In a small mixing bowl, combine all the marinade ingredients well with a whisk. Then place steal in a Ziploc bag large enough to hold the steak & pour the marinade on top of it, sealing the bag but removing as much of the air from it as you can. Use your hands to massage the marinade into the steak from the outside of the bag & set aside. Don't leave the steak in the marinade for longer than an hour; it will change the texture & flavor for the worst, making it more like a cured beef. Not what you want to do with an excellent cut of beef.

3) While the meat marinates, roast the whole baby (or the large chunks of  skin-on) sweet potatoes  & the poblano on a foil-lined baking sheet after seasoning them with a little salt & pepper and placing the baking sheet in the top rack of the oven for 15-18 minutes until poblano is charred (you may need to turn the poblano once half-way through the roasting process) and the baby (or cut) sweet potatoes are soft. Then remove from oven, place poblano in a  clean dish towel or wrapped in paper towels to allow the steam to soften the skin & make it easier to remove. Leave the oven on but lower it to 350 degrees. Set aside while you prepare the mango salsa.

4) Prepare the mango salsa by first preparing your ingredients then combining well all the prepared ingredients (except the feta) in a glass serving bowl. When you have combined all the veggies, add the feta and gently fold it in careful not to break the feta up into pieces that are too small. Season with a sprinkling of freshly cracked pepper & very judicious use of salt (the feta is really salty enough) &  toss gently. Set aside until ready to plate.

5) Heat the grill pan (which is hopefully a Le Creuset & no, they don't pay me a dime, dammit) over medium high heat. Turn on the range hood fan & open the windows, if you're cooking inside. While the pan heats up, remove the skin from your poblano chile & chop it into a fine almost, paste-like dice. Then be sure to prep all the ingredients for your smashed potatoes. Chop the green garlic (or regular garlic  & scallions, if substituting) & set aside the butter, half & half, skim milk, & stock if you're using it.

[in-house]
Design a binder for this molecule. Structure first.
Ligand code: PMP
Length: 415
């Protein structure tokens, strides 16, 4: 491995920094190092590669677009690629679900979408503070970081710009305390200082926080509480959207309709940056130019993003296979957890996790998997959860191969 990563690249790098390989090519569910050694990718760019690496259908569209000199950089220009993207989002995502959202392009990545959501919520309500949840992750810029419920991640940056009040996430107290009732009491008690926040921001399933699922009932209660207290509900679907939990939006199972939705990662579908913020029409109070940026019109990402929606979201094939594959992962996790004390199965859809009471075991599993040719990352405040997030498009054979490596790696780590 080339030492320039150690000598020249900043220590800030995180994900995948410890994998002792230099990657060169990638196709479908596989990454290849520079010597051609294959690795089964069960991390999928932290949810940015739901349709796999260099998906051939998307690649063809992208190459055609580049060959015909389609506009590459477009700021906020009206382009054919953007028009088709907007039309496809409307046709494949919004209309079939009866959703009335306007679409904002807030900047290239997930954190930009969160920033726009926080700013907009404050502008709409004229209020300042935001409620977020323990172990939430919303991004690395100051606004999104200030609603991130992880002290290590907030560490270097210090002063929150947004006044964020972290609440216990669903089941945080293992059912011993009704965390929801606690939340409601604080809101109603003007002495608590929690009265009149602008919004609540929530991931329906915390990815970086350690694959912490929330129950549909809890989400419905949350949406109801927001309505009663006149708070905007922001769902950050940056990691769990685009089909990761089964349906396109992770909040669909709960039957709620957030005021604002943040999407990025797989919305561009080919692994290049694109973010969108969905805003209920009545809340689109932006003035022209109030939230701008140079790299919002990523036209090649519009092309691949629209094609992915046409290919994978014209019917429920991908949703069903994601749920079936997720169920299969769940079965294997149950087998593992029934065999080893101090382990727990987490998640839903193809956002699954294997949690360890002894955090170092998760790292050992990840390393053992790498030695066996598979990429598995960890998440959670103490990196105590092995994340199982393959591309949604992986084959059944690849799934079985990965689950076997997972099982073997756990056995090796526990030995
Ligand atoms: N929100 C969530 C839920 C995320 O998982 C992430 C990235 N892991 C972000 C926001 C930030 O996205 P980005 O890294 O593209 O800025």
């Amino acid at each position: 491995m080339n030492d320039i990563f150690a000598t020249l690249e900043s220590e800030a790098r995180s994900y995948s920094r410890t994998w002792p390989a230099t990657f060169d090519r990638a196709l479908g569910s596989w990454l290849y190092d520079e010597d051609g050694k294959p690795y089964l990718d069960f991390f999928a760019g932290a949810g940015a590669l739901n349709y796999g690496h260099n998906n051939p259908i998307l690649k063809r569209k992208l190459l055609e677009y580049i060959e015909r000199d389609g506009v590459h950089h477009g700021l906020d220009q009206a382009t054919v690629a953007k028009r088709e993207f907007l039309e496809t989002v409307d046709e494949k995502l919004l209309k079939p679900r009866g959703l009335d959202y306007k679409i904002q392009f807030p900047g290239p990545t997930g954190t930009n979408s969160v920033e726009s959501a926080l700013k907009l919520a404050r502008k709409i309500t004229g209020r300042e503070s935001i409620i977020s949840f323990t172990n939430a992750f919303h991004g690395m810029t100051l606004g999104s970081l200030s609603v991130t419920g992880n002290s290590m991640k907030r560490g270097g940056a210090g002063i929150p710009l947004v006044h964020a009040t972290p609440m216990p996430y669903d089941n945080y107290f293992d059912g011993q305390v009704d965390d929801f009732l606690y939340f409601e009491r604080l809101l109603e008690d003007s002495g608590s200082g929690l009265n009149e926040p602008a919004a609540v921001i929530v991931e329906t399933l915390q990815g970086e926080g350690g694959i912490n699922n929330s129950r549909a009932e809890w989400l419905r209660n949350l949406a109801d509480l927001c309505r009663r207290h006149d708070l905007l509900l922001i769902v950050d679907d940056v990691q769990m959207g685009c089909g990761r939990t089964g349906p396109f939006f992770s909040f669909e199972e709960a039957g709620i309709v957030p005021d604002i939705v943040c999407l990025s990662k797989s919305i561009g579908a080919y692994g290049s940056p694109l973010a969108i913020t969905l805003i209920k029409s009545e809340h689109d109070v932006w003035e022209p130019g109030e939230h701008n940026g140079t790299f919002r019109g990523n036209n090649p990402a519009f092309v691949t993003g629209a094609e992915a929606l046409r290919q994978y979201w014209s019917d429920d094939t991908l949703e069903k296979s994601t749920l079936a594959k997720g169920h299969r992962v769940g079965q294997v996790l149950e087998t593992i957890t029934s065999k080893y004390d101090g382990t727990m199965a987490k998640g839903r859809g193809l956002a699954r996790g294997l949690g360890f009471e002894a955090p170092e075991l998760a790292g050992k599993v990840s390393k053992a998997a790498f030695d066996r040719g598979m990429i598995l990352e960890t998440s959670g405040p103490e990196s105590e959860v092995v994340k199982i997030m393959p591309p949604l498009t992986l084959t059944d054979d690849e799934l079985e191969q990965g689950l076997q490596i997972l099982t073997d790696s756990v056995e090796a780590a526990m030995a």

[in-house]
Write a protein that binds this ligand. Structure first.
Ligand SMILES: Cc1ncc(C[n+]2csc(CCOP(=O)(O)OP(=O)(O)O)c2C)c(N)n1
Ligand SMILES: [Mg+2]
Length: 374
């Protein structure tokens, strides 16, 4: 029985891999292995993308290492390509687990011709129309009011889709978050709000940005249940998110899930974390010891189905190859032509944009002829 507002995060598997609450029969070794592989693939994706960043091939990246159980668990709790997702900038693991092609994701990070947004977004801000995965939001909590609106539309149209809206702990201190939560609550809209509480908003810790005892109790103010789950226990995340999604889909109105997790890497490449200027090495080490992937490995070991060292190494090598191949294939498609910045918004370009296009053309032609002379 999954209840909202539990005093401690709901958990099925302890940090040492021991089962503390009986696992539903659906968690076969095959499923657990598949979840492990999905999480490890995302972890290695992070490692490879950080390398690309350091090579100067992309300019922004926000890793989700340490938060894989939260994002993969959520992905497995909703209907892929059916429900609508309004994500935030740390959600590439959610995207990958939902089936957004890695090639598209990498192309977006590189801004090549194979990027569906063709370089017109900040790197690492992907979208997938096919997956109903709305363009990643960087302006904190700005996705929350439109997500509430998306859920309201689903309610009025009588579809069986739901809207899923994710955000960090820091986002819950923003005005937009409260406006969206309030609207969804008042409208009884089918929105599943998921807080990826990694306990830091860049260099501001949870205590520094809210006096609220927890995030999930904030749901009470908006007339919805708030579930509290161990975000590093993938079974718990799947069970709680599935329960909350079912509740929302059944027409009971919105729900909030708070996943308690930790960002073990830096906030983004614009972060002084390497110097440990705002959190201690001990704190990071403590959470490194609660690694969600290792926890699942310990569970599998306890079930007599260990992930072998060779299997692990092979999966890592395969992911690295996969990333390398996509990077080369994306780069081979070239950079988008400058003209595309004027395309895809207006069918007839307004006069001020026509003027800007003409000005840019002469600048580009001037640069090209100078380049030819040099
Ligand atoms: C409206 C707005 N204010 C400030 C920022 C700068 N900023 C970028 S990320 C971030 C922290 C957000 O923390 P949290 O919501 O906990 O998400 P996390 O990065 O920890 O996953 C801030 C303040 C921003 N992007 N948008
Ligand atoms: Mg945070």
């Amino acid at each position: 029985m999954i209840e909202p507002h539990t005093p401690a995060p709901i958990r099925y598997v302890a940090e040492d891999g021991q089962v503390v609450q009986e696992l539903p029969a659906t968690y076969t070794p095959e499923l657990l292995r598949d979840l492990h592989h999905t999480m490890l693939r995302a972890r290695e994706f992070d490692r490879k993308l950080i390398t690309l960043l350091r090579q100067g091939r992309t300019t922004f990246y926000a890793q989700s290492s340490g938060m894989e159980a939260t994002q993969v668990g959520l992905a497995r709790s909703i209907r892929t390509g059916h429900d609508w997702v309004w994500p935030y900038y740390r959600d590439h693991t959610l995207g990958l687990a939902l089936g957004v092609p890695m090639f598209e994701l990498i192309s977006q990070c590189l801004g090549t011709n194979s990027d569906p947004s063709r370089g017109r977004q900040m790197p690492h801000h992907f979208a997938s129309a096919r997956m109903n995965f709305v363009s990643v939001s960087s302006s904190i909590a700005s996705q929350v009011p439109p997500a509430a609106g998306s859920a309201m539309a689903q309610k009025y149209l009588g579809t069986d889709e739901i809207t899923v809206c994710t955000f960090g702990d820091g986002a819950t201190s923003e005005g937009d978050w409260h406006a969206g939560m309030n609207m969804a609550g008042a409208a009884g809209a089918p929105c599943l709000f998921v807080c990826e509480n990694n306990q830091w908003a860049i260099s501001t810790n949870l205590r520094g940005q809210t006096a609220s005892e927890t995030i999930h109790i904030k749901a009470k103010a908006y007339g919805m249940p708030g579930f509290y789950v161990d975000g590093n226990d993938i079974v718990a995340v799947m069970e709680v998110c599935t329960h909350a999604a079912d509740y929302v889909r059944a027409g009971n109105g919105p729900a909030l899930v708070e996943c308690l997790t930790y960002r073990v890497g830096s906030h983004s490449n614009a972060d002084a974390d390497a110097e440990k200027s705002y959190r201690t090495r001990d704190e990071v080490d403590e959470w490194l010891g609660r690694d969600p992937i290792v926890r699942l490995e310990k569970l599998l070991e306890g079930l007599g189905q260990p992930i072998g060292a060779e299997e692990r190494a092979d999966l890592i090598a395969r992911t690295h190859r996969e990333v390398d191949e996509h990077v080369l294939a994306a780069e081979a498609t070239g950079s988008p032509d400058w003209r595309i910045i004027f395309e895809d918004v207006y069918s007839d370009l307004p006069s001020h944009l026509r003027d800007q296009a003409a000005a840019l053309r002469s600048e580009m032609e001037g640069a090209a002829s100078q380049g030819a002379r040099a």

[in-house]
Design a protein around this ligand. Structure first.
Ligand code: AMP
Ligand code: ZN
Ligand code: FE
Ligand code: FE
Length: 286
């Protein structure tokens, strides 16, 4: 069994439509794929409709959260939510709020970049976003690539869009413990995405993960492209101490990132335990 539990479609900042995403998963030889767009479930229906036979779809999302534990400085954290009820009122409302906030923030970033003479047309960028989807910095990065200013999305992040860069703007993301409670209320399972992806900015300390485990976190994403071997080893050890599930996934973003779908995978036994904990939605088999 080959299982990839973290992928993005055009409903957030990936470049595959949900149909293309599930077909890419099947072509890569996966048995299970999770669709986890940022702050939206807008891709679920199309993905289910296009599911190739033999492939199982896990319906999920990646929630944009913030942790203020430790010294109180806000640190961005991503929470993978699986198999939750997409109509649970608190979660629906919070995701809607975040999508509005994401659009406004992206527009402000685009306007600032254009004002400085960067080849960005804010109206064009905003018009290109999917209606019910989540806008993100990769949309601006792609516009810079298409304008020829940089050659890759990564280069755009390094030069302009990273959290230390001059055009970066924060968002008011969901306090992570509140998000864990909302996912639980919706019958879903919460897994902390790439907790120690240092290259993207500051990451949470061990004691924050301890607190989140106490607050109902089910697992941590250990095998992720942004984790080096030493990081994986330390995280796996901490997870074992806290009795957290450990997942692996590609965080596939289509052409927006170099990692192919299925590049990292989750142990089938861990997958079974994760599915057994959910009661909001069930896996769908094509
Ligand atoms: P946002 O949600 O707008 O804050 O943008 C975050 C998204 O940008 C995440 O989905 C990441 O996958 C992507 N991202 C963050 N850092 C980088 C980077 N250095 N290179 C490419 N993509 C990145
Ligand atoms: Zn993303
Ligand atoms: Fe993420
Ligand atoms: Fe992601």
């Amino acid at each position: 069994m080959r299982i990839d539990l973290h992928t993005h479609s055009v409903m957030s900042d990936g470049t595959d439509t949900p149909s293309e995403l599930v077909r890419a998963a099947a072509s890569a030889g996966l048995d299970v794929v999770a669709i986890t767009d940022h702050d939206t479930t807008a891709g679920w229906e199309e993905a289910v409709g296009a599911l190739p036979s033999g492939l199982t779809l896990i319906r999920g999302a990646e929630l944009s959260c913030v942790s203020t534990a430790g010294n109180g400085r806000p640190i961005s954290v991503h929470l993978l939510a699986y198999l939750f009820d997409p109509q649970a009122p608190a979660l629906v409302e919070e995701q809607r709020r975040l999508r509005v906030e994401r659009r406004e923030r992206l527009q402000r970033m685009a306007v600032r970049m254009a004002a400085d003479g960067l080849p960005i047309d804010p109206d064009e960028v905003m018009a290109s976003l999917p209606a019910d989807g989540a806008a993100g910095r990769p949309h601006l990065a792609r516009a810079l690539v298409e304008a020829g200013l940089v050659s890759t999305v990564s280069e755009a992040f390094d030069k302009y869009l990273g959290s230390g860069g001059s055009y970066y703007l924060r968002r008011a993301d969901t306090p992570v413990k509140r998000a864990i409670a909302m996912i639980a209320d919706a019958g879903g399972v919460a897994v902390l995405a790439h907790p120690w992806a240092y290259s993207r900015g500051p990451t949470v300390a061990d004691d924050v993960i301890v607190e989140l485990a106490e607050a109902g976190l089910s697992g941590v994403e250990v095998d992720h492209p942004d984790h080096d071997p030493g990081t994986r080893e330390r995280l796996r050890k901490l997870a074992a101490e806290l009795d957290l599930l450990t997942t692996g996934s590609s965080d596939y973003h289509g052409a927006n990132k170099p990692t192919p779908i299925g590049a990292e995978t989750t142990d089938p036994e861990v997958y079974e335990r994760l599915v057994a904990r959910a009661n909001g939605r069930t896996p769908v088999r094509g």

6) Cook steak: (now these directions are for a bone-in ribeye that weighs about 2 lbs. & is 2" thick, if you have a steak that is boneless and/or thinner then you have to adjust and cook the steak for less time per side for medium rare)
When the grill is hot, remove the steak from it's marinade, scraping off the excess & place in the center of the pan. Do not touch that steak for 5 minutes. Leave it alone. Take a sip of wine.
After 5 minutes, using heavy tongs, lift the steak & give it a 1/4 turn counter-clockwise, leaving it on the same side to give it those nice crosshatched  grill marks, you always admire in steak houses. allow the steak to cook for an additional 5 minutes without touching it, but do turn down the heat if it seems to be getting too smoky. Repeat process on other side.